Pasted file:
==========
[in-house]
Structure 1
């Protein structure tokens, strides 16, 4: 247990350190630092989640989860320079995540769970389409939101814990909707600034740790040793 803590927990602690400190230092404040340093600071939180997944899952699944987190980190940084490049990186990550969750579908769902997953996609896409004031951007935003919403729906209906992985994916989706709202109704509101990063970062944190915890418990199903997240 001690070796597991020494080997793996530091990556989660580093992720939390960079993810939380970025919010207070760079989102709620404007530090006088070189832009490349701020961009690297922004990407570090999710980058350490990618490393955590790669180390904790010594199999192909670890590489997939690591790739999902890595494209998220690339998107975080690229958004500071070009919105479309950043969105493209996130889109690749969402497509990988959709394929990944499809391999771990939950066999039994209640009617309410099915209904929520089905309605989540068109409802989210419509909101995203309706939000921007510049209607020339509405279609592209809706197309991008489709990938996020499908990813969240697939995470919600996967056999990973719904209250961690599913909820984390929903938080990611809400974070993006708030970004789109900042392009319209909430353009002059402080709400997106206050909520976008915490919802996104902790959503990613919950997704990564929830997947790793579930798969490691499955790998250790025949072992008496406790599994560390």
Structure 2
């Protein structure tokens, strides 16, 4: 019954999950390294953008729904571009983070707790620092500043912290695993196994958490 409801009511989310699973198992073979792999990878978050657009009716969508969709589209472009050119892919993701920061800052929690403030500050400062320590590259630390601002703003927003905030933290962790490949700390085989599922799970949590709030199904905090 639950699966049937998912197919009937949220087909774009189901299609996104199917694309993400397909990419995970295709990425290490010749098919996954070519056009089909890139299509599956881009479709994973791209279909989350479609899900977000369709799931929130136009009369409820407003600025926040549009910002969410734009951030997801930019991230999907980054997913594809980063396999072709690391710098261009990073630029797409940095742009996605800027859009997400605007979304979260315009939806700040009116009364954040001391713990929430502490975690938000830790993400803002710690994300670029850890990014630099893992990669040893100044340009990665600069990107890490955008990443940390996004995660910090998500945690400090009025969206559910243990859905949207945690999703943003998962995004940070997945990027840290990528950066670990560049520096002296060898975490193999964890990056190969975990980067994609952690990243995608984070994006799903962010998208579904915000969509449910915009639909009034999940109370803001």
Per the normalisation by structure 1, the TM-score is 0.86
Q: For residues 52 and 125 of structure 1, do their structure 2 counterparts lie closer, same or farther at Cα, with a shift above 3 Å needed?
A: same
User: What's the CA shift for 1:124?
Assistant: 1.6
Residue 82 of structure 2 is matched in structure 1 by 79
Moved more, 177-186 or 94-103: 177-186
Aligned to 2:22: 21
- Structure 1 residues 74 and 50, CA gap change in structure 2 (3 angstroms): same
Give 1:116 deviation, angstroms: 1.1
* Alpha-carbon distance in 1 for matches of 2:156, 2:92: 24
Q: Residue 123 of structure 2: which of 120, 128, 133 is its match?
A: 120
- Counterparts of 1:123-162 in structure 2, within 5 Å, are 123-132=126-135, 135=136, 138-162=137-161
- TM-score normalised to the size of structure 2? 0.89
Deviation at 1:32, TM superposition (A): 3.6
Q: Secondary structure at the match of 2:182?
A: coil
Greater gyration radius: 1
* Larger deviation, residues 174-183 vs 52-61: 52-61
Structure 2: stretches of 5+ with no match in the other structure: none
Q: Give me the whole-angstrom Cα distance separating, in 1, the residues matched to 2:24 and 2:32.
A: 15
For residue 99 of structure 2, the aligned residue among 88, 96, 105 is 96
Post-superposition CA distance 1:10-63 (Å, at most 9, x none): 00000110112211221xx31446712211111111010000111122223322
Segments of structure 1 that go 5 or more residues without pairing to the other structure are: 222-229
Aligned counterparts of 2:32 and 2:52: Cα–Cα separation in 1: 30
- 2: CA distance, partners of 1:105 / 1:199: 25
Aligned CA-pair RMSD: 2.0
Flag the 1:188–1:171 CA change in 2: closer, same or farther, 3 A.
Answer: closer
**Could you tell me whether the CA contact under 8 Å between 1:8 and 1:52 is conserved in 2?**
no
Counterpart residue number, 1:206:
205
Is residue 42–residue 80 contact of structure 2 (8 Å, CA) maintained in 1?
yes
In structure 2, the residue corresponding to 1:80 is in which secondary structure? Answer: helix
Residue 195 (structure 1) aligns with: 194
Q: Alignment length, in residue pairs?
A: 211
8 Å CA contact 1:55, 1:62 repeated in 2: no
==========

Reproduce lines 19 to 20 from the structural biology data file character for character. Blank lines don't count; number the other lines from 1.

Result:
- Counterparts of 1:123-162 in structure 2, within 5 Å, are 123-132=126-135, 135=136, 138-162=137-161
- TM-score normalised to the size of structure 2? 0.89